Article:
History of Grades in Public Schools

A Brief History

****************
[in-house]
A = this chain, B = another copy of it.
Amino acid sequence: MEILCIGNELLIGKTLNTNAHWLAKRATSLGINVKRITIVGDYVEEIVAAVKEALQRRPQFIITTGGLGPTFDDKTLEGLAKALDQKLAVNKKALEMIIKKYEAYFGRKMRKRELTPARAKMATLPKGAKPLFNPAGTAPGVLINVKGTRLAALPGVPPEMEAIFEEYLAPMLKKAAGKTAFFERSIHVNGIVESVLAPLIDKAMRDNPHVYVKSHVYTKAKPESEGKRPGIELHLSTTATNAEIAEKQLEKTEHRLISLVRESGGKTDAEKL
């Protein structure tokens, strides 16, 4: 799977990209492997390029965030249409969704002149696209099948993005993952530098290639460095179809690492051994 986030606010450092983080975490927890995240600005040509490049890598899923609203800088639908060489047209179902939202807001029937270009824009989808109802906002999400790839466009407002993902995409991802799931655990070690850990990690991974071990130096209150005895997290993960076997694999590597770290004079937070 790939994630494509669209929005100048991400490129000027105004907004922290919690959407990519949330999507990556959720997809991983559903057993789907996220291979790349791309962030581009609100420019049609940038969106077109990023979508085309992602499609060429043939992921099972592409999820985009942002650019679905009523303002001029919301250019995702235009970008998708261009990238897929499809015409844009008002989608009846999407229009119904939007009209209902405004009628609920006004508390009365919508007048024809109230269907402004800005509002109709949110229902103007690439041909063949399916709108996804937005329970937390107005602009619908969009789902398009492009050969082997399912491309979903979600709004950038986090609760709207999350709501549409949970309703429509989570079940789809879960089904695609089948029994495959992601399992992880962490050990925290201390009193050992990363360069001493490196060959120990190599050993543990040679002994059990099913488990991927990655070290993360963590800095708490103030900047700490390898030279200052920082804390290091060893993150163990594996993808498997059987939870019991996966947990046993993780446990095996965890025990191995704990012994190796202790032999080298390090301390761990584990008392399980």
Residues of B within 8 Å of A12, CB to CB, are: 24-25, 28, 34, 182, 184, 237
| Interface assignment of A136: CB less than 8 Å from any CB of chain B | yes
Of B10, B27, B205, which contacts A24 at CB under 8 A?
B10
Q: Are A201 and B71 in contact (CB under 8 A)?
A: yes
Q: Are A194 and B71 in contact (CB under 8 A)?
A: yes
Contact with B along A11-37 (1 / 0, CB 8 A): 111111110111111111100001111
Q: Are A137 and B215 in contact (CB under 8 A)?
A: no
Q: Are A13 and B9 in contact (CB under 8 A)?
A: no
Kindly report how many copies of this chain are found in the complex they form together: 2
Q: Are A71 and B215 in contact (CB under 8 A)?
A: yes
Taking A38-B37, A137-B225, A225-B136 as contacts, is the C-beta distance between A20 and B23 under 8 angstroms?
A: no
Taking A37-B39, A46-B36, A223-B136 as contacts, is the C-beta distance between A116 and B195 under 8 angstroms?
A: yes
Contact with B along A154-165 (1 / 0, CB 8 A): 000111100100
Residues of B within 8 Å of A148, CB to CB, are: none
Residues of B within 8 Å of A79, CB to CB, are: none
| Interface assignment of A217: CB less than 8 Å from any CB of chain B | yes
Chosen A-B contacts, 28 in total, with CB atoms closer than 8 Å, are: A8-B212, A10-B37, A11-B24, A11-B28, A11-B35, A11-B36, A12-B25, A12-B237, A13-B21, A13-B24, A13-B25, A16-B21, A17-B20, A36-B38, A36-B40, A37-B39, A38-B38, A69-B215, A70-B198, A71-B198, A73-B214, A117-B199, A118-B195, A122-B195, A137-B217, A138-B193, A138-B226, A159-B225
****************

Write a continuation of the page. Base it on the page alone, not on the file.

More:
Before 1850, grading and reporting were virtually unknown in U.S. schools. Most schools grouped students of all ages and backgrounds together with one teacher in a one-room schoolhouse, and few students went beyond the elementary level. The teacher commonly reported students' learning progress orally to parents during visits to students' homes. As enrollments increased in the late 1800s, however, schools began to group students in grade levels according to age (Edwards & Richey, 1947) and to use formal progress evaluations. In most cases, these were narrative reports in which teachers described the skills each student had mastered and those on which additional work was needed. The main purpose of such reports was to inform students when they had demonstrated mastery of the current performance level and were ready to move on to the next level. With the passage of compulsory school attendance laws in the late 19th and early 20th centuries, high school enrollments increased rapidly. Between 1870 and 1910, the number of public high schools in the United States rose from 500 to 10,000 (Gutek, 1986). Subject-area instruction became increasingly specific, and student populations became more diverse. Although elementary teachers continued to use narrative reports to document student learning, high school teachers began using percentages and other similar markings to certify accomplishment in different subject areas (Kirschenbaum, Simon, & Napier, 1971).